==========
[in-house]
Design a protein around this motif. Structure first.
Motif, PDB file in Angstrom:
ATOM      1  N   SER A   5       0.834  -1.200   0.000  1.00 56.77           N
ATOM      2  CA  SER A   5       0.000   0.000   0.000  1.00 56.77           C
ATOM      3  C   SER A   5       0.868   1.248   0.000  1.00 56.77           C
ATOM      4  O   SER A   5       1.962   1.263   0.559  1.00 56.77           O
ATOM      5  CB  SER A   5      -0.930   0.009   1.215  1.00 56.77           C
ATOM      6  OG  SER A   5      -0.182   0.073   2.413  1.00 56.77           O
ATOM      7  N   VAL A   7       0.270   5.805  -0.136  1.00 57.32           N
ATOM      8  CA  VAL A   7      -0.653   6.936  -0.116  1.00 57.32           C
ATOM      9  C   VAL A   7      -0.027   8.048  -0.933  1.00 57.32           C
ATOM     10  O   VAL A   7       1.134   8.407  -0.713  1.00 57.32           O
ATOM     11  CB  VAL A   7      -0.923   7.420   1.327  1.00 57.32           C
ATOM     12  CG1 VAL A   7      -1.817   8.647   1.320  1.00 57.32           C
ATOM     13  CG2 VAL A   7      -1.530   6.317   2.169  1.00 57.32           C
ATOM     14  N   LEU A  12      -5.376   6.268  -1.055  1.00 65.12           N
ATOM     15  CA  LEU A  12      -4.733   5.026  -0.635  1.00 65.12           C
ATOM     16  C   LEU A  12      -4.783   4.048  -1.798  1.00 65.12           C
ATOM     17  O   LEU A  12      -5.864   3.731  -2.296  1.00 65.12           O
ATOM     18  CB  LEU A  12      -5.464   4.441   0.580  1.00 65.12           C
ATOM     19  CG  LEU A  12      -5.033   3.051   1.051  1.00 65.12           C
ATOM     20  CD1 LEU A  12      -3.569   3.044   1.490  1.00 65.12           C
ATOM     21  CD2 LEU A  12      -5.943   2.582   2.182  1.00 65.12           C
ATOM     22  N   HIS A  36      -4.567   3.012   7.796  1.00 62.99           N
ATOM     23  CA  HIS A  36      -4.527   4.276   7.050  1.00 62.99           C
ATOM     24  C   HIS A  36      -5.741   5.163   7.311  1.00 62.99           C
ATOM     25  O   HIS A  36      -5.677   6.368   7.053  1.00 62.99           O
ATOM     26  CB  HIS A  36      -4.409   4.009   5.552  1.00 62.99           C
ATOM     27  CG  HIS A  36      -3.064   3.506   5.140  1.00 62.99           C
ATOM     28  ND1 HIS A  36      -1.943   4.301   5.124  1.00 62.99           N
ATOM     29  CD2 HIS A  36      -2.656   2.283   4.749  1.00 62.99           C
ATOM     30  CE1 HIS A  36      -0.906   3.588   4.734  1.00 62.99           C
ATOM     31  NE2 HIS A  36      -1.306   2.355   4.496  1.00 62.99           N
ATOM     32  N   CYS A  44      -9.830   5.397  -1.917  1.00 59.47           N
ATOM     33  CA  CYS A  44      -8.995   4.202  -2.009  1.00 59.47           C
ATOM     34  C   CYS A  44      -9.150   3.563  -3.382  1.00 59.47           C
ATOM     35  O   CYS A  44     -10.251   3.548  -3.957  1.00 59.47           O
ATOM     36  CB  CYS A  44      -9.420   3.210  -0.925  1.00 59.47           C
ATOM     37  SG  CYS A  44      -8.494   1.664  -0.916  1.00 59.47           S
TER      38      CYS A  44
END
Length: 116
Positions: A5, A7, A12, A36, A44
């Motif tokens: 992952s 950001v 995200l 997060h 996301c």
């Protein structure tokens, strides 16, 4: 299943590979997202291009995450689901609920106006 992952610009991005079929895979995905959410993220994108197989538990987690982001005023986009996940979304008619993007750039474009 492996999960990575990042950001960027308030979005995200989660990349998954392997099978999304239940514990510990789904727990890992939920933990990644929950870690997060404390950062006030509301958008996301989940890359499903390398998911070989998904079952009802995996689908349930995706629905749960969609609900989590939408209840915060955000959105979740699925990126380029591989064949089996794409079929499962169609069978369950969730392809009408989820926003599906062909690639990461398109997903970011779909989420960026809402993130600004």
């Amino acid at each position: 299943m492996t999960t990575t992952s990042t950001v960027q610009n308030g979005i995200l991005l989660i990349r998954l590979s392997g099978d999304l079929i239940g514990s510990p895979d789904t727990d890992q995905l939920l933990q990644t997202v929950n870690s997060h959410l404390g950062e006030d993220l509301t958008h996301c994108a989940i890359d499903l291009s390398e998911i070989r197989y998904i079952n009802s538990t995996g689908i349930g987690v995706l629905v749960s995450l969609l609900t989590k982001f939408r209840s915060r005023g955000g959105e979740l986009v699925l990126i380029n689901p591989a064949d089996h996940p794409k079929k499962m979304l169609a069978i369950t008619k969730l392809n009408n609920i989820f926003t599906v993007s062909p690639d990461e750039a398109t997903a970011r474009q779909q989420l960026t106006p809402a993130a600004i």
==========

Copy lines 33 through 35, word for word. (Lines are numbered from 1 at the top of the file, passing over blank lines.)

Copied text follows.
ATOM     30  CE1 HIS A  36      -0.906   3.588   4.734  1.00 62.99           C
ATOM     31  NE2 HIS A  36      -1.306   2.355   4.496  1.00 62.99           N
ATOM     32  N   CYS A  44      -9.830   5.397  -1.917  1.00 59.47           N